To most Americans, punk rock died as a musical form after the Sex Pistols' Sid Vicious died in 1978 and the Clash disbanded in 1983.
However, underground hardcore punk rock bands have survived since that time, infusing new blood and new musical stylings (such as heavy metal) into the musical form.Three new releases feature British bands that are propagating the style, melding it with funk, pop and folk into a more commercially acceptable, if not more musically exciting, sound.
THAT PETROL EMOTION; "Chemicrazy" (Virgin Records); produced by Scott Litt. *** 1/2
Ireland's best musical import may be this ever-changing quintet, not Sinead O'Connor or U2. (I said it, you didn't.)
From the ashes of the lamented quartet the Undertones came three of this band's original members (of which bassist Damian O'Neill and drummer Reamann O'Gormain remain), and the experience from that band obviously shows.
O'Neill and O'Gormain have matured as songwriters, utilizing their obvious influences (which include '60s surf-pop bands and late '70s punk-pop quartet the Buzzcocks) into a richly textured brand of abrasively catchy funky punk-pop sound, especially on this, the band's fourth studio LP.
Typical of the band's sound is the single "Hey Venus," a deceptively simple anti-Margaret Thatcher number (being Irish, the band oftens mixes pop and politics) featuring new guitarist John Marchini's staccato instrumental bursts.
A bit unexpectedly, producer Scott Litt (who has managed to turn Georgia's R.E.M. into a commercially viable outfit) has left the band's sound intact, including crisp metallic guitar edges and a solid backbeat.
Litt also has the group a little more musically consistent, at least stylistically (their last LP, 1988's "End of the Millenium Psychosis Blues" shot all over the musical spectrum), and they've never sounded better.
THE MEKONS; "The Mekons Rock 'n' Roll" (Twin Tone/A&M Records); produced by the Mekons and Ian Caple. ***1/2
Veteran English unit the Mekons (which takes its name from the villains in the British science-fiction comic strip Dan Dare) has changed its musical style as often as its lineup in its 11-year career.
However, during its last three LPs and tours, the band has more or less settled on a minimalistic punk sound that embraces reggae, calypso and traditional folk trademarks, and remarkably has made that sound successful.
Band leader Jon Langford (who also records as part of the Three Jonhs), in particular, has stepped his songwriting to dizzying heights, covering territory from anti-drug odes to baleful asides at the rock mainstream (the album's title jokingly refers to the album's content).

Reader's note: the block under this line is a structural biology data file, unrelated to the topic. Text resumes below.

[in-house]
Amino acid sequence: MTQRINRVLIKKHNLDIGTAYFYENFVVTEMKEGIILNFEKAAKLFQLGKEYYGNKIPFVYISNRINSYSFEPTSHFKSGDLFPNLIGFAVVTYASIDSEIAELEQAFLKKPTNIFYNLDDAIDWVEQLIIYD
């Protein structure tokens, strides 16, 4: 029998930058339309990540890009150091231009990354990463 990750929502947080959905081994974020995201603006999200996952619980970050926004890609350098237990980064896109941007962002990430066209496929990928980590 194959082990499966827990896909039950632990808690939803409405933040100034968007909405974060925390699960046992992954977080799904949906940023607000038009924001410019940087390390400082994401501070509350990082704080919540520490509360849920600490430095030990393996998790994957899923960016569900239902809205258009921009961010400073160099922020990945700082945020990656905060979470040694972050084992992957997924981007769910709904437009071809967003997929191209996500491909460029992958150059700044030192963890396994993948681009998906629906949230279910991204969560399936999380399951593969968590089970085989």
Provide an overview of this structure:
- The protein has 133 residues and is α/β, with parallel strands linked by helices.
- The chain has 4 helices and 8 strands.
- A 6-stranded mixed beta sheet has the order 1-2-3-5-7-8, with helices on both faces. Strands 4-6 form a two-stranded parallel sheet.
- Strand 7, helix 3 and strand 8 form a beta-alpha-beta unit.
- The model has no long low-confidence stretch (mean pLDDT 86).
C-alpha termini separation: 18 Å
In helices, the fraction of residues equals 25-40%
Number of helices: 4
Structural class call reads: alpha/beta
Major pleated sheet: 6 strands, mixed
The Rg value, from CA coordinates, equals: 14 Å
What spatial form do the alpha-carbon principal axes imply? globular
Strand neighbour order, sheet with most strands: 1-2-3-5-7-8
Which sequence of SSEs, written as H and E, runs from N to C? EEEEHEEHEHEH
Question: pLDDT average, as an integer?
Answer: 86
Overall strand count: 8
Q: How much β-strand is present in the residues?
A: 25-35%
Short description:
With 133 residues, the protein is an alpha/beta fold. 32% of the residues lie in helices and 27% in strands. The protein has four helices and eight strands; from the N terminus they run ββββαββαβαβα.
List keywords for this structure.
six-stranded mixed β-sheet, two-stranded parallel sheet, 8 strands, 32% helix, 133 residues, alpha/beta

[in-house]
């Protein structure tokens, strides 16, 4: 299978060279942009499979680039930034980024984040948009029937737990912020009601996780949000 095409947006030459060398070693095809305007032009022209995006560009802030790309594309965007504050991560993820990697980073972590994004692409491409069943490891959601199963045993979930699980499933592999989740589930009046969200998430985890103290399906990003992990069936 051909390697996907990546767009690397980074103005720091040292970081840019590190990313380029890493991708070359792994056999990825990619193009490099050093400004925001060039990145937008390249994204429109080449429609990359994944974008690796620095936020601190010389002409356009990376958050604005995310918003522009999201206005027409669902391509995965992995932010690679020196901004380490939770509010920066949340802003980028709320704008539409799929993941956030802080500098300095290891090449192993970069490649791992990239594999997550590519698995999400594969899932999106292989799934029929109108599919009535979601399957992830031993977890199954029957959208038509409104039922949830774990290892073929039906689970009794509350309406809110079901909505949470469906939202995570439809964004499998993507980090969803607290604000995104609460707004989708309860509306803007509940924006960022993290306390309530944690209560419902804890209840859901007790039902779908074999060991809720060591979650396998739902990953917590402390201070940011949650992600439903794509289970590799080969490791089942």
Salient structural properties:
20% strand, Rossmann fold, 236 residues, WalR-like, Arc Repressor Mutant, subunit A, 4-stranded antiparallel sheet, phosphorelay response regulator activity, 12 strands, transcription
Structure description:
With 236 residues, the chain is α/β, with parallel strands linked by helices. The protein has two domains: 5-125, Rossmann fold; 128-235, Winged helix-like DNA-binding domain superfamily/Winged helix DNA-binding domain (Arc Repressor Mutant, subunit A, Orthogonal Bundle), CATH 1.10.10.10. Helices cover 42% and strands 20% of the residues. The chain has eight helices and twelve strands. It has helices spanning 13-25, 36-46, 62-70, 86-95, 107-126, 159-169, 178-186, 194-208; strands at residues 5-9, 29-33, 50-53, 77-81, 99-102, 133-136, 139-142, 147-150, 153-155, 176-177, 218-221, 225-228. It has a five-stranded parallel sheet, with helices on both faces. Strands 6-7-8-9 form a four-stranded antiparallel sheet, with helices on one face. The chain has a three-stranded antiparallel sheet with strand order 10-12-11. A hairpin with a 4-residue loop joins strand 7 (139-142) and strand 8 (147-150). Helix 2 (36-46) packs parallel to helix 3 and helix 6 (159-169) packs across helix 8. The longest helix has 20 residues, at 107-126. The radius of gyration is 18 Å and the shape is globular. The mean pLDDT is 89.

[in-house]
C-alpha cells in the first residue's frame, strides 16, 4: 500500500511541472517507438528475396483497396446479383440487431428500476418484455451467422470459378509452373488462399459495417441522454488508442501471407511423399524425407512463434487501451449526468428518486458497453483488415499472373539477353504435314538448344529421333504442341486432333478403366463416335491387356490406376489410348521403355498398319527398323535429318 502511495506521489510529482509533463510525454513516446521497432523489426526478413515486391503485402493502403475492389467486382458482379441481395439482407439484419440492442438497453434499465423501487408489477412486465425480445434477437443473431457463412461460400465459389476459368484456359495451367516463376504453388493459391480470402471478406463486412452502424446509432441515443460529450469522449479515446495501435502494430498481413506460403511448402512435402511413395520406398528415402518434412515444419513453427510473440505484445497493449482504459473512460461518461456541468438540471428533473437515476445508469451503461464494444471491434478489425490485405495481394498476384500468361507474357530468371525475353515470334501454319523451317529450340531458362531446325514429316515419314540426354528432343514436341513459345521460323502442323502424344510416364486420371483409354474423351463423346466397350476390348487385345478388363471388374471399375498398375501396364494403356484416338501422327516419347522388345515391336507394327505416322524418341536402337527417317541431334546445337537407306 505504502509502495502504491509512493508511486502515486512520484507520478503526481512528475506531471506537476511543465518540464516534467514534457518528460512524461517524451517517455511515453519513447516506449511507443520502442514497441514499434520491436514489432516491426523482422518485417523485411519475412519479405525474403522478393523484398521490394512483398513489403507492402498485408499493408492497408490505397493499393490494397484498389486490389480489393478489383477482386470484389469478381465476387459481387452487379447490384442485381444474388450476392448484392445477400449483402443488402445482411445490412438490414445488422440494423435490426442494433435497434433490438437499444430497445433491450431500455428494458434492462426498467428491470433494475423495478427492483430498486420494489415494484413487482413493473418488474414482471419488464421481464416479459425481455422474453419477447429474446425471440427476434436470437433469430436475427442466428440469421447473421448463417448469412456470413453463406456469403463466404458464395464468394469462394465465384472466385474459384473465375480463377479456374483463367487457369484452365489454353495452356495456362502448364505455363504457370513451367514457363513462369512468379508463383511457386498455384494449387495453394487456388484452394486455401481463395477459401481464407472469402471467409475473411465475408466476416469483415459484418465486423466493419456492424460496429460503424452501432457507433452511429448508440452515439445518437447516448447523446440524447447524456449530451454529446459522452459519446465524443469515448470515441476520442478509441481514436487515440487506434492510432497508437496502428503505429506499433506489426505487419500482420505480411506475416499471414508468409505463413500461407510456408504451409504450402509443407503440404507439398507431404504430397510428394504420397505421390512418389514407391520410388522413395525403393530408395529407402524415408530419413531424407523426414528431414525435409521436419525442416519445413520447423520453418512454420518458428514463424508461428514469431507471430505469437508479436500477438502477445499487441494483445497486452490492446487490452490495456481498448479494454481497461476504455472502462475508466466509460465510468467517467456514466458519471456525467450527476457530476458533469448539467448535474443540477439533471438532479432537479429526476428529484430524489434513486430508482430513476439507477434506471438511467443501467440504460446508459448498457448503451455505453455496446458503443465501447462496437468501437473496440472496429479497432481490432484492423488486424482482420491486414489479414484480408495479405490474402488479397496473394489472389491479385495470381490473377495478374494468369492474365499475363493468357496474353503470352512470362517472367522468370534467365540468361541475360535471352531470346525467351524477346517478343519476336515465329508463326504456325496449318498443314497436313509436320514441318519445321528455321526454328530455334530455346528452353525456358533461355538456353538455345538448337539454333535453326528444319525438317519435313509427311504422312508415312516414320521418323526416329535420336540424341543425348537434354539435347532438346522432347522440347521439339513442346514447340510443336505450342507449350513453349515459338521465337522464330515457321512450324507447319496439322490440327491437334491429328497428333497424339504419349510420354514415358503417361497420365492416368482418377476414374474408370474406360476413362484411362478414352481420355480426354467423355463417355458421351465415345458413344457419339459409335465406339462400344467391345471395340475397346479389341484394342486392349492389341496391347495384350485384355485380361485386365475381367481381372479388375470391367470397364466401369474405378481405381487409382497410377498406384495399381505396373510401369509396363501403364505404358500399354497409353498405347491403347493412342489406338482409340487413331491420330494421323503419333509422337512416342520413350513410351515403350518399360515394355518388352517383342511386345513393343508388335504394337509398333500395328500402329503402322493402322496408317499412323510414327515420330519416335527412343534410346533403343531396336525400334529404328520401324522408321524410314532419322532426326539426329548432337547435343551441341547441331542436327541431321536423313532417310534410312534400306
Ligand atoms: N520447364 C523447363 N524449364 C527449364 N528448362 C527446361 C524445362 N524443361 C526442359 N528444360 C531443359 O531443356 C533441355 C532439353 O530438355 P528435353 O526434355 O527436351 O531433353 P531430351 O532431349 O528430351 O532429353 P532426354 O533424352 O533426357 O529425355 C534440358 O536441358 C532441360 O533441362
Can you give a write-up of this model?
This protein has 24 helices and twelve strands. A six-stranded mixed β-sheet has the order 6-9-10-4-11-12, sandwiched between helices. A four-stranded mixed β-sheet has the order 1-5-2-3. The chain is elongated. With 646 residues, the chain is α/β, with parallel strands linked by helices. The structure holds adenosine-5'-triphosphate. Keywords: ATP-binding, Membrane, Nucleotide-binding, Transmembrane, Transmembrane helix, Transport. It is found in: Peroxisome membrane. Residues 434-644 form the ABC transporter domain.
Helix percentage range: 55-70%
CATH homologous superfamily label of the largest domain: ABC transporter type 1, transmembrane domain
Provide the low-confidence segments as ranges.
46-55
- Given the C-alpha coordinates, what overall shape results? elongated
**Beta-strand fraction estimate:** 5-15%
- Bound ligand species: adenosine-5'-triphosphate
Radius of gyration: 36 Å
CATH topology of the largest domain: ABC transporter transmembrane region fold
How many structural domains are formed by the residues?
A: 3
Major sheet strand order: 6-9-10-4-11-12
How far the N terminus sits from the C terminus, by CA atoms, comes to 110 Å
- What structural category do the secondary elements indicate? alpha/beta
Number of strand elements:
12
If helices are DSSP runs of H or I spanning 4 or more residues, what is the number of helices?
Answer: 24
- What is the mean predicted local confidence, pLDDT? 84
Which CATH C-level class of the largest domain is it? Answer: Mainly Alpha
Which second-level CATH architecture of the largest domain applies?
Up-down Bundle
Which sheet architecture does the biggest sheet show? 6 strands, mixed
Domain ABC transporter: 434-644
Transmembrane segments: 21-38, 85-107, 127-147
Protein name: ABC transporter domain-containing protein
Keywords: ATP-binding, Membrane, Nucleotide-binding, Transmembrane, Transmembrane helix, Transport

When the band gets off its philosophical high horse it's at its best, though, especially on the folky "Club Mekon," featuring surprisingly sweet lead vocals from Sally Timms and a somber fiddle instrumental from Susie Honeyman.
The deceptively titled "Only Darkness Has the Power" reveals Langford himself espousing that one must purge oneself of grief and sorrow to find happiness.
Similar standouts on this rousing LP are "Empire of the Senseless" and "I Am Crazy." Patient listeners who can get beyond the self-righteous liner notes will be richly rewarded.
THE WONDER STUFF; "Hup!" (Polydor Records); produced by Pat Collier. (SS)(SS)(SS)
Those who saw this young British quartet perform last month with the Mission U.K. may not have appreciated the Wonder Stuff's sense of humor (including vocalist Miles Hunt's snide asides to males wearing make-up), but the wonderfully bad puns on the band's second LP are anything but sophomoric.
Hunt's 12 songs range from psychedelia ("Piece of Sky") to Beatlesque pop (the single "Don't Let MeDown, Gently" and "Unfaithful") to country-flavored numbers ("Golden Green"), the common ground being grinding guitars, a bass-heavy rhythm section and his wicked sense of humor.
"Cartoon Boyfriend," for instance, features the tag line "Cartoon boyfriend, when you gonna rub yourself out?" and Hunt proclaims in "30 Years in the Bathroom" that at the least "when they take me away, I will be clean."
Hunt is not afraid to have a more emotional side, either, as witnessed by the dirge "Let's Be Other People." The song is a spooky remembrance for its character, who loses his wife to an automobile accident (from which the accident's instigator survives: "You left a mess and took my wife/Will you return to twist the knife?")
Producer Pat Collier has the band covering too much musical ground though, and some of the songs overshoot the mark by miles (especially "Them, Big Oak Trees" and "Room 410").
Fortunately, the band does have a rough-hewn charm, and the album is a considerable improvement on their debut, "The Eight-Legged Groove Machine."